If his first presidential campaign could be distilled into a single moment, it might be the day in July 2008 when he visited U.S. troops in Kuwait. The upstart rookie found himself in a gymnasium. Someone handed him a basketball. Obama was wearing a microphone and street shoes. He had not warmed up. He had no business taking a shot with cameras rolling, because the moment screamed metaphor. Undaunted, he bounced the ball, spun it between his fingers — then launched a three-pointer that carved a rainbow on its way to the pot of gold. His 53% share of the popular vote four months later was the largest any Democrat had won in more than 40 years.
This time around, Obama’s game plan involved trading elbows beneath the basket. With the public down on his signature first-term achievement — the mammoth enterprise known as Obamacare — he and his allies decided to go negative early, pouring hundreds of millions of dollars into a summertime ad blitz targeted at swing-state voters. The idea was to paint Romney in lurid colors as Scrooge McDuck minus the spats, a Bain plutocrat who swam in gold coins that he looted from once proud companies before firing their hardworking employees. The ads pounded Romney over his tax returns, teased him about his wife’s show horse and blamed him for the death of a woman whose husband once worked (but no longer did) at a company that Romney once controlled (but no longer did).
It was a page ripped from the GOP’s soiled 2004 playbook. In that year, President George W. Bush overcame his weakness in the polls by savaging his challenger, John Kerry of Massachusetts. Romney fought back with tactics similar to Obama’s, though various spending rules meant that his negative barrage started later. By the final days of campaigning, according to one analysis, nearly 90% of campaign ads in the battleground states were negative. No one was wasting money on “Morning in America” uplift. It’s not morning; many Americans are worried that it’s twilight. The irony, in such a blood-red campaign, was that the men at the top were so bloodless: the number-crunching Romney vs. the aloof and analytical Obama.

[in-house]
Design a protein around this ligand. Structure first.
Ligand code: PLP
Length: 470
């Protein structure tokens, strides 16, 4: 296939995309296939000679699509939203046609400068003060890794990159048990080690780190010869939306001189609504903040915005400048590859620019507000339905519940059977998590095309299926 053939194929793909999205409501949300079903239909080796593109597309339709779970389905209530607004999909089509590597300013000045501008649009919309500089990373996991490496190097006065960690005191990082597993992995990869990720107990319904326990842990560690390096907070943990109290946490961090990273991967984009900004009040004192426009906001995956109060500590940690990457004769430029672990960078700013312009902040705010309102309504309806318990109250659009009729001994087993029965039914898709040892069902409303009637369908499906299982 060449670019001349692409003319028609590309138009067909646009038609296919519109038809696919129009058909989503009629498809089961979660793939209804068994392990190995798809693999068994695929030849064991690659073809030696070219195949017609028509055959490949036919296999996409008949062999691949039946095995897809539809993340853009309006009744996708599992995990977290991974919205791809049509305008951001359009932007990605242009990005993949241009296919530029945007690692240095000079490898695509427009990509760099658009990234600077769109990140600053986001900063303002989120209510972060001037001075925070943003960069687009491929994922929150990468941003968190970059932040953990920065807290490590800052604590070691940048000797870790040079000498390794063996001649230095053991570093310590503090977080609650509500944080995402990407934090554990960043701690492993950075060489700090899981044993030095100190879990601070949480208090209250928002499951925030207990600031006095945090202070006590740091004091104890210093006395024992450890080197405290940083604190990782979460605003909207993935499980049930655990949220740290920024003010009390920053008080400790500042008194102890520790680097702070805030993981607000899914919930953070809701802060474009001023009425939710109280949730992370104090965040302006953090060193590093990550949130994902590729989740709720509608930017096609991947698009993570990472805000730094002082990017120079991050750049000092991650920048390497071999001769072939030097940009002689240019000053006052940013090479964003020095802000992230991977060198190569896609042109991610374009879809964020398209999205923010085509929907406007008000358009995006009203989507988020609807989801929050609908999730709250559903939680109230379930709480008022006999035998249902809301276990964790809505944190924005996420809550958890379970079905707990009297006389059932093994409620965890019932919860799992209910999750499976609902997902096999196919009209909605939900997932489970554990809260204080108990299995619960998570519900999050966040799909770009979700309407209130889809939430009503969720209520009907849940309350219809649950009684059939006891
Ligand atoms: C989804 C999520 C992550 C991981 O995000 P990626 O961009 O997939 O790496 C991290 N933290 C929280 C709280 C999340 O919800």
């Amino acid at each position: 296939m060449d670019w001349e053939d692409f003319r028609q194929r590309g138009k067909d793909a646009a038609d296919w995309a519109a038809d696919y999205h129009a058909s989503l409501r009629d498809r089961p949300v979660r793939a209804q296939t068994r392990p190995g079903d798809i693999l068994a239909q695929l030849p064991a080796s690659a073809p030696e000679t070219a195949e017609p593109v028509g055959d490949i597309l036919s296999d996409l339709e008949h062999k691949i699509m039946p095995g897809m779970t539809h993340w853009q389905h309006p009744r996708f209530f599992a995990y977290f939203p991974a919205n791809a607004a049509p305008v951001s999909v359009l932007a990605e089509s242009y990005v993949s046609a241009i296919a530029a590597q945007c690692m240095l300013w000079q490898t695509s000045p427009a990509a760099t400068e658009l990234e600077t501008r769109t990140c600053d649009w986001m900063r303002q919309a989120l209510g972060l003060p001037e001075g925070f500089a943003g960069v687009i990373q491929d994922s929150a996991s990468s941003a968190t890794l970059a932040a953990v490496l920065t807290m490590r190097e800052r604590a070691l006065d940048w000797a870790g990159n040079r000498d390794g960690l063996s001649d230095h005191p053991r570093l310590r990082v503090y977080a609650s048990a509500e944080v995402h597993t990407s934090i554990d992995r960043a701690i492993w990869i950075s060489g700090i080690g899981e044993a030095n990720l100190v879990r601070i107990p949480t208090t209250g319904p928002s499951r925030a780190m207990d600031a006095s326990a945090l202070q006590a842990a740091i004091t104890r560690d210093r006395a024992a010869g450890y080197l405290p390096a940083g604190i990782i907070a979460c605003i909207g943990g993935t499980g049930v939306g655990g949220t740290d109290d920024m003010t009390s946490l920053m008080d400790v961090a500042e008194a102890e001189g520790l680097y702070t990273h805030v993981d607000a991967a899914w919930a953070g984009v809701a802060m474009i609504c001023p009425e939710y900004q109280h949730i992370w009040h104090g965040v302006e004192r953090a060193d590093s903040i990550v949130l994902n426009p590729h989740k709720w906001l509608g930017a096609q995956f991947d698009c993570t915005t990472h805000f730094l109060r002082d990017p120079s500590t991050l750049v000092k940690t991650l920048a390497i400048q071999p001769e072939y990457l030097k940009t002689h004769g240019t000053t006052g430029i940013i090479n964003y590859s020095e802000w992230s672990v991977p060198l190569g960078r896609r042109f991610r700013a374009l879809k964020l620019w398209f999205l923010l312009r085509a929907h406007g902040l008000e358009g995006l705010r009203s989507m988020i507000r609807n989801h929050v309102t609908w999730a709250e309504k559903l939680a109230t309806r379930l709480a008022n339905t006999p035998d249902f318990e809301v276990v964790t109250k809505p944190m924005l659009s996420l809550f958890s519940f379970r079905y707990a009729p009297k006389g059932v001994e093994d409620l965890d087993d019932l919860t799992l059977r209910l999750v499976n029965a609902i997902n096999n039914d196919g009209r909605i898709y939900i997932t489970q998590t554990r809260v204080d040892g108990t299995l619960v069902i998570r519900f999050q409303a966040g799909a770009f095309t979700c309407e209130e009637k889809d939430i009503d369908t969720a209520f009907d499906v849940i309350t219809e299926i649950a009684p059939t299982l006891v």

The incumbent opened a lead in September, after the party conventions. Former President Bill Clinton, his reputation burnished by the passage of time and the experience of his successors, gave a bravura defense of his wife’s onetime rival. It was perhaps the first speech of the campaign with any resonance, and the last. But then Obama and Romney made their first side-by-side appearance in a debate at the University of Denver on Oct. 3. Romney did not look nearly as frightening as the President’s ads suggested. Obama, however, with his low-energy performance, appeared to be every bit the spent force that Romney’s negative script depicted. By a Gallup Poll–record 52-point margin, the viewing public crowned Romney the winner.
It turned out that Obama, in a burst of overconfidence, had canceled many of his prep sessions and somehow got it into his head that he didn’t need to engage the earnest Romney while millions watched. The biggest surprise of the night, one Democratic partisan said — this is called putting some lipstick on the pig — was not that Obama failed to hide who he was but that Romney did such a fine job of pretending to be something he wasn’t. That judgment helped explain why the post-Denver polls showed a whole new race, one suddenly too close to call. By some measures, the contest entered the final 10 days with public opinion almost exactly where it was in midsummer, an amazing thing when you think of it: all that heat and noise, and nothing happens. The country’s one clear voice in the last hours of the election was an unlikely YouTube sensation, Colorado 4-year-old Abigael Evans, who sobbed pathetically and moaned, “I’m tired of Bronco Bama and Mitt Romney.”
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And then the ancient forecast of an October surprise came true, right on schedule, like Halley’s Comet arriving from deep space. The campaigns fretted internally and boasted in public until a storm named Sandy doused the lights and distracted the country.